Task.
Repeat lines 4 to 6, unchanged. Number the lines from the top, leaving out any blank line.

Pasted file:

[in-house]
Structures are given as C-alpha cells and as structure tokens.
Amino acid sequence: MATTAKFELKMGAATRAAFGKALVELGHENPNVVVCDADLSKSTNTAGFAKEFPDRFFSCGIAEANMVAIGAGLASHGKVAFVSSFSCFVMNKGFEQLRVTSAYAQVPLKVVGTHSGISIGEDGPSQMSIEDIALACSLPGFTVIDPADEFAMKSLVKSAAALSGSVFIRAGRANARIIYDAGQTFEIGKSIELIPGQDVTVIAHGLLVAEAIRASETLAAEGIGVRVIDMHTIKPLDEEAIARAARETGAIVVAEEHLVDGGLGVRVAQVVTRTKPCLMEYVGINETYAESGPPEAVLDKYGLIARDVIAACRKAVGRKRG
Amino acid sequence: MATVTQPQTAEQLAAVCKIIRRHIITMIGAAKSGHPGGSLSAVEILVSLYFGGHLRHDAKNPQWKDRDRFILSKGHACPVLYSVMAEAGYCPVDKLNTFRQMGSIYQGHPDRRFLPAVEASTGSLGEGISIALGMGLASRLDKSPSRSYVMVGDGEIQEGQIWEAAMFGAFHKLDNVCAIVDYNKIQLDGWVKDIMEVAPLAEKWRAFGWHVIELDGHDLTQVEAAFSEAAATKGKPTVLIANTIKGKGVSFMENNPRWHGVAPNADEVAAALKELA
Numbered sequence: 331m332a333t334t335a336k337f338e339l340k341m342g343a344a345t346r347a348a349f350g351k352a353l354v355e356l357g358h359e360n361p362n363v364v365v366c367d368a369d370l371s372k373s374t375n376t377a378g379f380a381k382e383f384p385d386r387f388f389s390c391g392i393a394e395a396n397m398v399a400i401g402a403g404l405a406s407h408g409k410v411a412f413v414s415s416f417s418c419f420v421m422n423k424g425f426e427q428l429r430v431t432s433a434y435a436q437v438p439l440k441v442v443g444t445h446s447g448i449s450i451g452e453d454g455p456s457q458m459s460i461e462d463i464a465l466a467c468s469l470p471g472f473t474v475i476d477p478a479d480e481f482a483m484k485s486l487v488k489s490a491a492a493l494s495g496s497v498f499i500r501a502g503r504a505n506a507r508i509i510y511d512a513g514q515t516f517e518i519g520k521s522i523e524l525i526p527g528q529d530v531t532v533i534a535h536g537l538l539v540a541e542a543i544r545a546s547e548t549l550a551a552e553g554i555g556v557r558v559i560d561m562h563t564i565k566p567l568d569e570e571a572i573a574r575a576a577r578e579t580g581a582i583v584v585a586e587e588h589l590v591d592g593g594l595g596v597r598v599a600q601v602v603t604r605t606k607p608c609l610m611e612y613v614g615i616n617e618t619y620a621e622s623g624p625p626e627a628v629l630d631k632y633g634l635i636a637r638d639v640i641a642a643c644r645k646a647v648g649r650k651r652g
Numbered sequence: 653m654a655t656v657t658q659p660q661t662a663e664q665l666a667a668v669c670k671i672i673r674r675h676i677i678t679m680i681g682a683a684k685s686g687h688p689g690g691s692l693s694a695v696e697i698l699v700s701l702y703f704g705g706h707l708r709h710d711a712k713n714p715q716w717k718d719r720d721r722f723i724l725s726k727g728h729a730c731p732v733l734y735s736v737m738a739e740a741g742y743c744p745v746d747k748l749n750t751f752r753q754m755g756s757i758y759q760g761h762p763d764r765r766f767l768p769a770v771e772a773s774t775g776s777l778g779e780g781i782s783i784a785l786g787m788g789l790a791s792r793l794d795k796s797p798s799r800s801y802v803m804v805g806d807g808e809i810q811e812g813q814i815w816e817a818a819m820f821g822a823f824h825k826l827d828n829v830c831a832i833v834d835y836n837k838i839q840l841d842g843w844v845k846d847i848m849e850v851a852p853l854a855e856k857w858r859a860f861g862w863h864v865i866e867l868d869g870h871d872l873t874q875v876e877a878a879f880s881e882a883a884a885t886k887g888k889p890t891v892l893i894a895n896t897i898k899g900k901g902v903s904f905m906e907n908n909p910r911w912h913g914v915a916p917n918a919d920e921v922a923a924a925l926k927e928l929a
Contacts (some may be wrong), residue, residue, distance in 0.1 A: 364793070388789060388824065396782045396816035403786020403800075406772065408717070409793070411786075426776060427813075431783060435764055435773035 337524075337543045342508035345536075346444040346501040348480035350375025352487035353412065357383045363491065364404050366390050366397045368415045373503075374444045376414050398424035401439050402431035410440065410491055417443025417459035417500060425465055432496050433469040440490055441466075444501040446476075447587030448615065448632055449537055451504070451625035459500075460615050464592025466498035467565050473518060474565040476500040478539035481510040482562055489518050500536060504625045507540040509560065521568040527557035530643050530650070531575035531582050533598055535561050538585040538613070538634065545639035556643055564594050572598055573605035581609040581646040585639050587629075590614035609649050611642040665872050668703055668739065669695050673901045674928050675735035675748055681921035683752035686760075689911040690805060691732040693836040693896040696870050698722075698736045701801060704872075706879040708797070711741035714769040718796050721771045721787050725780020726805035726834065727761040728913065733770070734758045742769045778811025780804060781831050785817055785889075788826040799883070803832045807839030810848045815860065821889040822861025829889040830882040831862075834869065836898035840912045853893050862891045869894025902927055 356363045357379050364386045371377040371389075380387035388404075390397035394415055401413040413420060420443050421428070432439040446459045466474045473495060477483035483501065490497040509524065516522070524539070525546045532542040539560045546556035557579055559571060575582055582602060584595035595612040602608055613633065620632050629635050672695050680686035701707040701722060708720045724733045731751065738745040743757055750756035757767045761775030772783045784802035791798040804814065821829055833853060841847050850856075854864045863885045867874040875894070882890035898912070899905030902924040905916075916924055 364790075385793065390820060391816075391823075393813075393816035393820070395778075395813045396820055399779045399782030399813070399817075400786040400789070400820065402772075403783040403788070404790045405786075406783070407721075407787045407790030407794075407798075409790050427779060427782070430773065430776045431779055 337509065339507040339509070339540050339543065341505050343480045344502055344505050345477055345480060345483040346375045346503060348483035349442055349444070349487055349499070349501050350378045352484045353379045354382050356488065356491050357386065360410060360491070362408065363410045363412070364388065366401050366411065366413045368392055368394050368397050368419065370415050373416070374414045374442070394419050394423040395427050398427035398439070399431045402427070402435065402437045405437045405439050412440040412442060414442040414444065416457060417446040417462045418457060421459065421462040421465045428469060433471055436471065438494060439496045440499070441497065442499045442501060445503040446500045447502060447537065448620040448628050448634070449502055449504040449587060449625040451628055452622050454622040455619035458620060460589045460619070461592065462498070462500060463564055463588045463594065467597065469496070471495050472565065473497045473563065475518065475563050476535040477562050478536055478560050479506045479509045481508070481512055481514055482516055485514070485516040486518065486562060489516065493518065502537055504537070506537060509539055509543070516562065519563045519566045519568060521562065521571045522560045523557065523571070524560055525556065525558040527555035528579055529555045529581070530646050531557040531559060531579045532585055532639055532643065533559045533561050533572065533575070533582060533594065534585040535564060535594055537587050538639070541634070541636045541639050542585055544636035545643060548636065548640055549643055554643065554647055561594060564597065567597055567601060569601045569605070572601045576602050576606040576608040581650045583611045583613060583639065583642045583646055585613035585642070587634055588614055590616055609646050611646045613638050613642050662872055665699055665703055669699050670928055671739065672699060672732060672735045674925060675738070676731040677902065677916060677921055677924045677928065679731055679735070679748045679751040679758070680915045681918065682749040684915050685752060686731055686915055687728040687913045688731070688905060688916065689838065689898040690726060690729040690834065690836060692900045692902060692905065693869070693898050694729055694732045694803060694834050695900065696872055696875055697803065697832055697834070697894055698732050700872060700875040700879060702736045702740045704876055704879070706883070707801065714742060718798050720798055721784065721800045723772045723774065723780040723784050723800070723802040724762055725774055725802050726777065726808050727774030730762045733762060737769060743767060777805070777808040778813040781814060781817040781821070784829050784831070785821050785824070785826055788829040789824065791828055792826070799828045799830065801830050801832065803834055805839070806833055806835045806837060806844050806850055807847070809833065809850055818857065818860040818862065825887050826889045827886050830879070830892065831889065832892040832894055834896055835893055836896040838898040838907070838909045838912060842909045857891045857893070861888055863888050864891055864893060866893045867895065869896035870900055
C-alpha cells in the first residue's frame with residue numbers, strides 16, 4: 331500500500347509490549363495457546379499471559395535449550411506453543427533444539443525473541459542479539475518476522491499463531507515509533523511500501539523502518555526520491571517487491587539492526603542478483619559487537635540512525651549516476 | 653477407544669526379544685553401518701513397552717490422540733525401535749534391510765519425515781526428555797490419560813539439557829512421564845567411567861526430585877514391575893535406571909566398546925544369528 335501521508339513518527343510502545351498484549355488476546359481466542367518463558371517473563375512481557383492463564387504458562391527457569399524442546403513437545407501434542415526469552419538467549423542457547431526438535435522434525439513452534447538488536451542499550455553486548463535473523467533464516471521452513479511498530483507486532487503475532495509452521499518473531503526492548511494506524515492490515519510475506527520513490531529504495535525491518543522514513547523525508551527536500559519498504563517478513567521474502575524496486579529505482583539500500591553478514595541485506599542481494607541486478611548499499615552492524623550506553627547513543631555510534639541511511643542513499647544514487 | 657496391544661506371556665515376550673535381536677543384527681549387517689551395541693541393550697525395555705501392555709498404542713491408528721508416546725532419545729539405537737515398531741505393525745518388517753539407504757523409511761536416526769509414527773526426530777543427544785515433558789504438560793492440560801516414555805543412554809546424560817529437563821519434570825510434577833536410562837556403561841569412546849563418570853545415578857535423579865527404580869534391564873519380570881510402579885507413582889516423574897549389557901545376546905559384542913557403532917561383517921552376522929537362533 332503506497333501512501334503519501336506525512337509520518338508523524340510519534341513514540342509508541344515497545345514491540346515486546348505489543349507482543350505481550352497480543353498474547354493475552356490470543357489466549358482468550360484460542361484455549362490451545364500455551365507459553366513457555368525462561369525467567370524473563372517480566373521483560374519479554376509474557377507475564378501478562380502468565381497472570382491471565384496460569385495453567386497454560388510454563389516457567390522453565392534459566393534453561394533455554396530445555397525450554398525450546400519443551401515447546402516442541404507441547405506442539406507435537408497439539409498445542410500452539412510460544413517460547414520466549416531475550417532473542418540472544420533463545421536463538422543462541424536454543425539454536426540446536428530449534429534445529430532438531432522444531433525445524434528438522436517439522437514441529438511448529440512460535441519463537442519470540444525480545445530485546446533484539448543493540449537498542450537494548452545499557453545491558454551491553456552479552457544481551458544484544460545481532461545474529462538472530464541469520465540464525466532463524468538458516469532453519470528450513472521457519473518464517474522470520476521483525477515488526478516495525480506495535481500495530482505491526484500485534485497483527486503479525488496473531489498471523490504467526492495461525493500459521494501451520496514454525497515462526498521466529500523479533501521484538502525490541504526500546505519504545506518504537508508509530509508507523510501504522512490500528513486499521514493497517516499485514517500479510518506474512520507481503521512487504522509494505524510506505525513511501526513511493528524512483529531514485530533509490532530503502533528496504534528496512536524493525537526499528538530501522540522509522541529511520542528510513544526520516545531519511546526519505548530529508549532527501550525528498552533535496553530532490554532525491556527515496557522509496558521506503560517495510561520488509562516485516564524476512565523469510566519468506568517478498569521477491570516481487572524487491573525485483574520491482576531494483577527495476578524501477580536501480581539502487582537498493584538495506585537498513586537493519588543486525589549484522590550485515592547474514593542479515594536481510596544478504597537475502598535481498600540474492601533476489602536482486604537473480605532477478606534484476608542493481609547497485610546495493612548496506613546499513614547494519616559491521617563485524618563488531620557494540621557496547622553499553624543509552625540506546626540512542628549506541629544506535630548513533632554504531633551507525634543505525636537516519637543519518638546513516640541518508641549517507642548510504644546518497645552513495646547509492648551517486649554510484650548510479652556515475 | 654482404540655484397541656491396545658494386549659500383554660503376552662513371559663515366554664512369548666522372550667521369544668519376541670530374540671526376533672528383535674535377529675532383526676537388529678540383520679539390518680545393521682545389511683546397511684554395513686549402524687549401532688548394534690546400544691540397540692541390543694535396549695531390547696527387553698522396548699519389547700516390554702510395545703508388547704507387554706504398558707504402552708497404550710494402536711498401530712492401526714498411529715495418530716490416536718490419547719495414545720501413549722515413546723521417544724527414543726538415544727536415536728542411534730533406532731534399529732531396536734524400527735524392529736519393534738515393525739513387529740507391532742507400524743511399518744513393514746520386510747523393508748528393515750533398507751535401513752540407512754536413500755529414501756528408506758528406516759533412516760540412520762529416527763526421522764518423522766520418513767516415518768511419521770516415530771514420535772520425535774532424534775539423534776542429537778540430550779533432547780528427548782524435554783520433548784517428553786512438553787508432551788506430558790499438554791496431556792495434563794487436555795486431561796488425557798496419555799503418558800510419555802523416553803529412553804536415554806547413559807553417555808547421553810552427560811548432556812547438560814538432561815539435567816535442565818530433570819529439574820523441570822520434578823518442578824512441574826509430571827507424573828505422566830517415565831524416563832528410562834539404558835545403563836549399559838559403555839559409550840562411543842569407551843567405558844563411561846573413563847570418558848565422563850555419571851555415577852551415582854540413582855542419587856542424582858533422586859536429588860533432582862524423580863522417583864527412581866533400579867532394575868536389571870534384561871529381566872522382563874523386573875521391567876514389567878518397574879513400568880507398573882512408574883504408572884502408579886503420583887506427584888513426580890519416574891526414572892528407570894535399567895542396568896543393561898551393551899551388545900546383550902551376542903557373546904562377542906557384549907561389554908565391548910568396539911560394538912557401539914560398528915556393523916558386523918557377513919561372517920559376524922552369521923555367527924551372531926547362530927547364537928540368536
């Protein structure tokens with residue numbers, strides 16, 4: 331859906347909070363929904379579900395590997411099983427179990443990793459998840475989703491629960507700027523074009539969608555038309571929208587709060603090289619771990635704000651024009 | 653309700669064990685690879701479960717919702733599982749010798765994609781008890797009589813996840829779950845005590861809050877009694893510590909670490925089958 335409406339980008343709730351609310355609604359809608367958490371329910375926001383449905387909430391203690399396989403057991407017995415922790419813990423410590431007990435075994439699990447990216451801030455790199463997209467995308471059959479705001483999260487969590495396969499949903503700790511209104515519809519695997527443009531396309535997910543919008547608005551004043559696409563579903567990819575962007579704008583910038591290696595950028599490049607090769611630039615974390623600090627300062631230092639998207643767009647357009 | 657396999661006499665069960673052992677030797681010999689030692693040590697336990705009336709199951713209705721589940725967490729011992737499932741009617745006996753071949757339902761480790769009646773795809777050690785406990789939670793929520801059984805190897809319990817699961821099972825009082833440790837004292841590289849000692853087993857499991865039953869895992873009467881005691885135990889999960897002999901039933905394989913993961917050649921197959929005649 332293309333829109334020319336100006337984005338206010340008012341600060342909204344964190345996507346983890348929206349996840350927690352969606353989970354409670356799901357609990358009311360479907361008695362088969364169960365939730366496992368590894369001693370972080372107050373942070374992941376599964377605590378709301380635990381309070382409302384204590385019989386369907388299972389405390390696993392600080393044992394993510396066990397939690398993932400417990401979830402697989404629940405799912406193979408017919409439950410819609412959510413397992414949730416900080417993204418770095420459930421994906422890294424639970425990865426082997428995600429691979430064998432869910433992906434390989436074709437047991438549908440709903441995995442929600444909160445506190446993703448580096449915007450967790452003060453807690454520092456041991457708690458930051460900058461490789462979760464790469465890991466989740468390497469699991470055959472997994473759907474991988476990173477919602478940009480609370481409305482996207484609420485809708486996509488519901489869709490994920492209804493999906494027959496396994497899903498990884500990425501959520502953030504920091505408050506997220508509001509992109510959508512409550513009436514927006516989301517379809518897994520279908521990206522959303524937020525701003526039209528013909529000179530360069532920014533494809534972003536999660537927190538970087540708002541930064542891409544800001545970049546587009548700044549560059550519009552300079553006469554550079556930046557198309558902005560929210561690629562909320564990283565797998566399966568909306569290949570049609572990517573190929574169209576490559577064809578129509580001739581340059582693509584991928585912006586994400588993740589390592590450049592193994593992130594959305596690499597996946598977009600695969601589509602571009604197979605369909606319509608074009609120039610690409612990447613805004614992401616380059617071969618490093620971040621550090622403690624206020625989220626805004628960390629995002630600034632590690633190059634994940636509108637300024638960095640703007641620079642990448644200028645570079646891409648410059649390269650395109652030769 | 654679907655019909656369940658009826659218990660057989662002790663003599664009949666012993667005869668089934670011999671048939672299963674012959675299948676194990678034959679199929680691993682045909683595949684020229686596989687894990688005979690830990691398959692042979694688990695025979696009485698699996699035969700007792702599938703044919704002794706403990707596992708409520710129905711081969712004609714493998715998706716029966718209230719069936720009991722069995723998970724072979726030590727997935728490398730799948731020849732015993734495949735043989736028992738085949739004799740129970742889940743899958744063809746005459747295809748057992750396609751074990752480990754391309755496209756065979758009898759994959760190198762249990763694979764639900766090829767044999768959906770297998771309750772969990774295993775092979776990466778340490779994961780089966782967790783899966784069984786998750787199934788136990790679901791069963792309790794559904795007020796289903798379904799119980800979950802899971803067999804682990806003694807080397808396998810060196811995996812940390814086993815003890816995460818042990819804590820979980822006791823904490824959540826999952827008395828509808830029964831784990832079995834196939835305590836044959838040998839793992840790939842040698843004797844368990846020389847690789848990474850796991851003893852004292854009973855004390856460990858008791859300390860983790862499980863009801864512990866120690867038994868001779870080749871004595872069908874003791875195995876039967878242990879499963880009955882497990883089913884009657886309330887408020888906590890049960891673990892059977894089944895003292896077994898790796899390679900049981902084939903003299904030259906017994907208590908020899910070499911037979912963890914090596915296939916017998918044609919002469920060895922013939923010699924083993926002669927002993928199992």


Amino acid sequence: MATVTQPQTAEQLAAVCKIIRRHIITMIGAAKSGHPGGSLSAVEILVSLYFGGHLRHDAKNPQWKDRDRFILSKGHACPVLYSVMAEAGYCPVDKLNTFRQMGSIYQGHPDRRFLPAVEASTGSLGEGISIALGMGLASRLDKSPSRSYVMVGDGEIQEGQIWEAAMFGAFHKLDNVCAIVDYNKIQLDGWVKDIMEVAPLAEKWRAFGWHVIELDGHDLTQVEAAFSEAAATKGKPTVLIANTIKGKGVSFMENNPRWHGVAPNADEVAAALKELA
Numbered sequence: 331m332a333t334t335a336k337f338e339l340k341m342g343a344a345t346r347a348a349f350g351k352a353l354v355e356l357g358h359e360n361p362n363v364v365v366c367d368a369d370l371s372k373s374t375n376t377a378g379f380a381k382e383f384p385d386r387f388f389s390c391g392i393a394e395a396n397m398v399a400i401g402a403g404l405a406s407h408g409k410v411a412f413v414s415s416f417s418c419f420v421m422n423k424g425f426e427q428l429r430v431t432s433a434y435a436q437v438p439l440k441v442v443g444t445h446s447g448i449s450i451g452e453d454g455p456s457q458m459s460i461e462d463i464a465l466a467c468s469l470p471g472f473t474v475i476d477p478a479d480e481f482a483m484k485s486l487v488k489s490a491a492a493l494s495g496s497v498f499i500r501a502g503r504a505n506a507r508i509i510y511d512a513g514q515t516f517e518i519g520k521s522i523e524l525i526p527g528q529d530v531t532v533i534a535h536g537l538l539v540a541e542a543i544r545a546s547e548t549l550a551a552e553g554i555g556v557r558v559i560d561m562h563t564i565k566p567l568d569e570e571a572i573a574r575a576a577r578e579t580g581a582i583v584v585a586e587e588h589l590v591d592g593g594l595g596v597r598v599a600q601v602v603t604r605t606k607p608c609l610m611e612y613v614g615i616n617e618t619y620a621e622s623g624p625p626e627a628v629l630d631k632y633g634l635i636a637r638d639v640i641a642a643c644r645k646a647v648g649r650k651r652g
Numbered sequence: 653m654a655t656v657t658q659p660q661t662a663e664q665l666a667a668v669c670k671i672i673r674r675h676i677i678t679m680i681g682a683a684k685s686g687h688p689g690g691s692l693s694a695v696e697i698l699v700s701l702y703f704g705g706h707l708r709h710d711a712k713n714p715q716w717k718d719r720d721r722f723i724l725s726k727g728h729a730c731p732v733l734y735s736v737m738a739e740a741g742y743c744p745v746d747k748l749n750t751f752r753q754m755g756s757i758y759q760g761h762p763d764r765r766f767l768p769a770v771e772a773s774t775g776s777l778g779e780g781i782s783i784a785l786g787m788g789l790a791s792r793l794d795k796s797p798s799r800s801y802v803m804v805g806d807g808e809i810q811e812g813q814i815w816e817a818a819m820f821g822a823f824h825k826l827d828n829v830c831a832i833v834d835y836n837k838i839q840l841d842g843w844v845k846d847i848m849e850v851a852p853l854a855e856k857w858r859a860f861g862w863h864v865i866e867l868d869g870h871d872l873t874q875v876e877a878a879f880s881e882a883a884a885t886k887g888k889p890t891v892l893i894a895n896t897i898k899g900k901g902v903s904f905m906e907n908n909p910r911w912h913g914v915a916p917n918a919d920e921v922a923a924a925l926k927e928l929a